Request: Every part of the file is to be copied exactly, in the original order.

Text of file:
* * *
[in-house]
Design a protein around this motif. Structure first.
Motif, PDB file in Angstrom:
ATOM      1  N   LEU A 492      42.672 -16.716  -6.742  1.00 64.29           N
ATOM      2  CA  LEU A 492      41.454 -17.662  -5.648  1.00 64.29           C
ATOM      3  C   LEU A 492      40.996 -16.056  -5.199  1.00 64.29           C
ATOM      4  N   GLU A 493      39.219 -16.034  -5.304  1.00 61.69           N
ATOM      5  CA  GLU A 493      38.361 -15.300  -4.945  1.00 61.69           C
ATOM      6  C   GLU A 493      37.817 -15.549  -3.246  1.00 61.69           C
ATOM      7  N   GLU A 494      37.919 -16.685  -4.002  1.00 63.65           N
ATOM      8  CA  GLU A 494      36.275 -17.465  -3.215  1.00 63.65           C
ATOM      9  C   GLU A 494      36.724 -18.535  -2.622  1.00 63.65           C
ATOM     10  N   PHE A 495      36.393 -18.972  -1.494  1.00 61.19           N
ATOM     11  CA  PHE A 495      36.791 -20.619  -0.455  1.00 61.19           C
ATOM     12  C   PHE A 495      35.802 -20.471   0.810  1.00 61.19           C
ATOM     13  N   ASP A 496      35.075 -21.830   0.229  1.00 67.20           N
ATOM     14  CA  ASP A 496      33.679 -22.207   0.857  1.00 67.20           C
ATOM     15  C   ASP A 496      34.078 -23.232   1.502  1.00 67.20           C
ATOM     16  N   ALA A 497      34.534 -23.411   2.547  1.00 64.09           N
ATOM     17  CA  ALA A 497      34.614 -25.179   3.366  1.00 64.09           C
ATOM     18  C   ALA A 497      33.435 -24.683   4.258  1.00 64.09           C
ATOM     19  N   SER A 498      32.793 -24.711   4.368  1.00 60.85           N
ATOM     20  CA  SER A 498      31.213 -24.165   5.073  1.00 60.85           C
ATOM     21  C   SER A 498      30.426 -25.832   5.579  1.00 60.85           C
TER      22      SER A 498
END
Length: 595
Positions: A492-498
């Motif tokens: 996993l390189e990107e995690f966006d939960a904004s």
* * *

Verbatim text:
[in-house]
Design a protein around this motif. Structure first.
Motif, PDB file in Angstrom:
ATOM      1  N   LEU A 492      42.672 -16.716  -6.742  1.00 64.29           N
ATOM      2  CA  LEU A 492      41.454 -17.662  -5.648  1.00 64.29           C
ATOM      3  C   LEU A 492      40.996 -16.056  -5.199  1.00 64.29           C
ATOM      4  N   GLU A 493      39.219 -16.034  -5.304  1.00 61.69           N
ATOM      5  CA  GLU A 493      38.361 -15.300  -4.945  1.00 61.69           C
ATOM      6  C   GLU A 493      37.817 -15.549  -3.246  1.00 61.69           C
ATOM      7  N   GLU A 494      37.919 -16.685  -4.002  1.00 63.65           N
ATOM      8  CA  GLU A 494      36.275 -17.465  -3.215  1.00 63.65           C
ATOM      9  C   GLU A 494      36.724 -18.535  -2.622  1.00 63.65           C
ATOM     10  N   PHE A 495      36.393 -18.972  -1.494  1.00 61.19           N
ATOM     11  CA  PHE A 495      36.791 -20.619  -0.455  1.00 61.19           C
ATOM     12  C   PHE A 495      35.802 -20.471   0.810  1.00 61.19           C
ATOM     13  N   ASP A 496      35.075 -21.830   0.229  1.00 67.20           N
ATOM     14  CA  ASP A 496      33.679 -22.207   0.857  1.00 67.20           C
ATOM     15  C   ASP A 496      34.078 -23.232   1.502  1.00 67.20           C
ATOM     16  N   ALA A 497      34.534 -23.411   2.547  1.00 64.09           N
ATOM     17  CA  ALA A 497      34.614 -25.179   3.366  1.00 64.09           C
ATOM     18  C   ALA A 497      33.435 -24.683   4.258  1.00 64.09           C
ATOM     19  N   SER A 498      32.793 -24.711   4.368  1.00 60.85           N
ATOM     20  CA  SER A 498      31.213 -24.165   5.073  1.00 60.85           C
ATOM     21  C   SER A 498      30.426 -25.832   5.579  1.00 60.85           C
TER      22      SER A 498
END
Length: 595
Positions: A492-498
């Motif tokens: 996993l390189e990107e995690f966006d939960a904004s």